A series of ethnological and pseudo-linguistic works were published by three Greek teachers, notably Boukouvalas and Tsioulkas, whose publications demonstrate common ideological and methodological similarities. They published etymological lists tracing every single Slavic word to Ancient Greek with fictional correlations, and they were ignorant of the dialects and the Slavic languages entirely. Among them, Boukouvalas promoted an enormous influence of the Greek language on a Bulgarian idiom and a discussion about their probable Greek descent. Tsioulkas followed him by publishing a large book, where he "proved" through an "etymological" approach, that these idioms are a pure Ancient Greek dialect. A publication of the third teacher followed, Giorgos Georgiades, who presented the language as a mixture of Greek, Turkish and other loanwords, but was incapable of deifining the dialects as either Greek or Slav. Serbian dialectology does not usually extend the Serbian dialects to Greek Macedonia, but an unconventional classification has been maken by Aleksandar Belić, a convinced Serbian nationalist, who regarded the dialects as Serbian. In his classification he distinguished three categories of dialects in Greek Macedonia: a Serbo-Macedonian dialect, a Bulgaro-Macedonian territory where Serbian is spoken and a Non-Slavic territory.

Ban for use, language shift and language death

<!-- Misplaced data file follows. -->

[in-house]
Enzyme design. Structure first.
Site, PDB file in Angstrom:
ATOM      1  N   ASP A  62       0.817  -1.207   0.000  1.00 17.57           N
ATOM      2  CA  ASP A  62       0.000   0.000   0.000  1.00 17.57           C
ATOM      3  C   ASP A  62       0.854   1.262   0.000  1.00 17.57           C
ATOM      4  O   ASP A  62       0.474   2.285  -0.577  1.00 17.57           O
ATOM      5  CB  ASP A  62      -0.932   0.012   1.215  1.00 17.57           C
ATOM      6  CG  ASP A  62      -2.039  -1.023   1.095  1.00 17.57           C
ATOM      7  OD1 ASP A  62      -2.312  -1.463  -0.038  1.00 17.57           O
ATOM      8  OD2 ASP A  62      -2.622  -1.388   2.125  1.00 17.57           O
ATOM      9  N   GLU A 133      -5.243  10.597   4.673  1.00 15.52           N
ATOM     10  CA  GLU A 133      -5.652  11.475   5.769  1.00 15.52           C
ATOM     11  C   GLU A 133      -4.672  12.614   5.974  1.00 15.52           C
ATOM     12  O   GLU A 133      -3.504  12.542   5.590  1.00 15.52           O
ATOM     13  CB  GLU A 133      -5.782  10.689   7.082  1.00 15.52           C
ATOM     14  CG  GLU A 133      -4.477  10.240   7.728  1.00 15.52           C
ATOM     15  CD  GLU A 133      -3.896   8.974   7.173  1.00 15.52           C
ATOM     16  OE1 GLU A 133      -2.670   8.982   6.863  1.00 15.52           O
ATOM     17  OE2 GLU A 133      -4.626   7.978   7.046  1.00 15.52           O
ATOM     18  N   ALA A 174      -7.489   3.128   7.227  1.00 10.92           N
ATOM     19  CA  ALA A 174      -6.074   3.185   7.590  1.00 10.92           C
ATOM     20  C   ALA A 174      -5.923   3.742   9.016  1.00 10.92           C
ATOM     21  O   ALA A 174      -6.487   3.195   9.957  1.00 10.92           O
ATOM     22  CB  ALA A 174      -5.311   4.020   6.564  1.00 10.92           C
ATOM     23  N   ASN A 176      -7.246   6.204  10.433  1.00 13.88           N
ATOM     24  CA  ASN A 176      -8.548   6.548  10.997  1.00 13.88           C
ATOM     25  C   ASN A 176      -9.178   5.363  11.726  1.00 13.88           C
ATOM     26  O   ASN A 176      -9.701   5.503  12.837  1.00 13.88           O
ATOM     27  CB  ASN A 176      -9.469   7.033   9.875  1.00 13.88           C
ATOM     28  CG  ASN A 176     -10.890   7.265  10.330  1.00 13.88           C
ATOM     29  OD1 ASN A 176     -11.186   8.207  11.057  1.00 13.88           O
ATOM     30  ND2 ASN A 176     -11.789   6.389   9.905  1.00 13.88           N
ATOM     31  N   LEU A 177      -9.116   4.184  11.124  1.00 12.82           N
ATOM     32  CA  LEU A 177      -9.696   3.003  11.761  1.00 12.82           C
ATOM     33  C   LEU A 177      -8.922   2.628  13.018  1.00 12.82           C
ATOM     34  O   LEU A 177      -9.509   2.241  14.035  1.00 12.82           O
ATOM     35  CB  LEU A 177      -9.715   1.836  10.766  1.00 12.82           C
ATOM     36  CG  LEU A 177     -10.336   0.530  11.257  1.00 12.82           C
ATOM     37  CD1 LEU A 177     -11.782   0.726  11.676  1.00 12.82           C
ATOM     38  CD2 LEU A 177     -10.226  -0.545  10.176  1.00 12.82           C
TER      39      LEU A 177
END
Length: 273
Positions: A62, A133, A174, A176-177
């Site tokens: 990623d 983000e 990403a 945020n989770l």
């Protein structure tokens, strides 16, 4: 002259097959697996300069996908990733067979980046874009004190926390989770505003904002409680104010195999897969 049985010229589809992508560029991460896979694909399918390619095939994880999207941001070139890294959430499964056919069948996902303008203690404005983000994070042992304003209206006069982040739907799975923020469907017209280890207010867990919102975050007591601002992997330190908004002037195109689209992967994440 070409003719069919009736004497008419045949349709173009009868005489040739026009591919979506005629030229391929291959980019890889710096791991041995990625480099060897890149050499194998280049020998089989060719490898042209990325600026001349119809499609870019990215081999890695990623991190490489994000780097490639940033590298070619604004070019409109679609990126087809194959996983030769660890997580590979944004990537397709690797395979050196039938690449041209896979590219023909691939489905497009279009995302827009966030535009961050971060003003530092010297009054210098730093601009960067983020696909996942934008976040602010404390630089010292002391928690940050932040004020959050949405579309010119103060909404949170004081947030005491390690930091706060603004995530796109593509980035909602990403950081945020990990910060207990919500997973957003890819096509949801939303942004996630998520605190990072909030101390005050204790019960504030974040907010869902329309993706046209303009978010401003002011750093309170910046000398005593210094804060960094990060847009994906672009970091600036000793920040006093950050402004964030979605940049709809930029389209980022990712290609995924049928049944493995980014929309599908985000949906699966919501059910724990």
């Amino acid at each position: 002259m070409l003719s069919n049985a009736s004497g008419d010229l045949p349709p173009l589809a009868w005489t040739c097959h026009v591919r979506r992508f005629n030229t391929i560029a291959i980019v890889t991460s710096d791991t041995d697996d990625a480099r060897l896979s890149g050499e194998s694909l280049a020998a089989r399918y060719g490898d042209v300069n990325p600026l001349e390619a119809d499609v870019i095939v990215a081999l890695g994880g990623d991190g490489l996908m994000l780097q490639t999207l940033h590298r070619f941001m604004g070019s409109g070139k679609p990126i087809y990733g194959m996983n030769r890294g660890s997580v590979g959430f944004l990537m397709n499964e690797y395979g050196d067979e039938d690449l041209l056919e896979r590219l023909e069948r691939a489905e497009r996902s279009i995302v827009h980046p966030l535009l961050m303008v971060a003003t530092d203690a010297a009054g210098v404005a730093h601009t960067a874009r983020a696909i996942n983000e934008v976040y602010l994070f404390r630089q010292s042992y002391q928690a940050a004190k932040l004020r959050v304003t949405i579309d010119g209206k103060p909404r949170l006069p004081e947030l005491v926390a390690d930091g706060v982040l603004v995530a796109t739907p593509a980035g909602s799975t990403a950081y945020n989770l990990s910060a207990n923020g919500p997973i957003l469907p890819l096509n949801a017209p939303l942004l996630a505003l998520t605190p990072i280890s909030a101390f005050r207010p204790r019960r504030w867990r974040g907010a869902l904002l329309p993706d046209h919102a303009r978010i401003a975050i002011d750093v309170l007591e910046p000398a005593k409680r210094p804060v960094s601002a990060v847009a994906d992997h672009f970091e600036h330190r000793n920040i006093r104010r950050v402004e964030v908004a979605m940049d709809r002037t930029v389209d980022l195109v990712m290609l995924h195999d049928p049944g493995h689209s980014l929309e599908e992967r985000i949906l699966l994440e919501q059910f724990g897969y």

After the conclusion of the First World War a widespread policy of Hellenisation was implemented in the Greek region of Macedonia. Personal and topographic names were forcibly changed to their Greek versions. Cyrillic inscriptions across Northern Greece were removed from gravestones and churches. Under the regime of Ioannis Metaxas a law was passed banning the ''Bulgarian language''. Many people who broke the rule were deported, or arrested, and beaten. During the Cold War cases of discrimination against people who spoke in local dialects had been reported. In 1959 the inhabitants of three villages adopted a 'language oath', renouncing their Slavic dialect on the initiative of local government officials. After the fall of Communism the issue has continued. In 1994 report by the Human Rights Watch, Greece implemented a program, which refuses the teaching of any Slavic language. The Greek state continues to exclude the Slavic speakers of Greek Macedonia from operating TV-, or radio-stations in local Slavic, as wel websites. As result per Christian Voss in the Western and Central areas of Greek Macedonia is visible the typical situation of language shift and decreased proficiency from the Slavic vernacular to Greek as follows: "Households with almost monoglot Slavic-speaking grandparents, bilingual parents, and monoglot Greek-speaking children with a passive knowledge of Slavic." On the other hand in Eastern Macedonia are a symptoms of full assimilation, which led to a language death.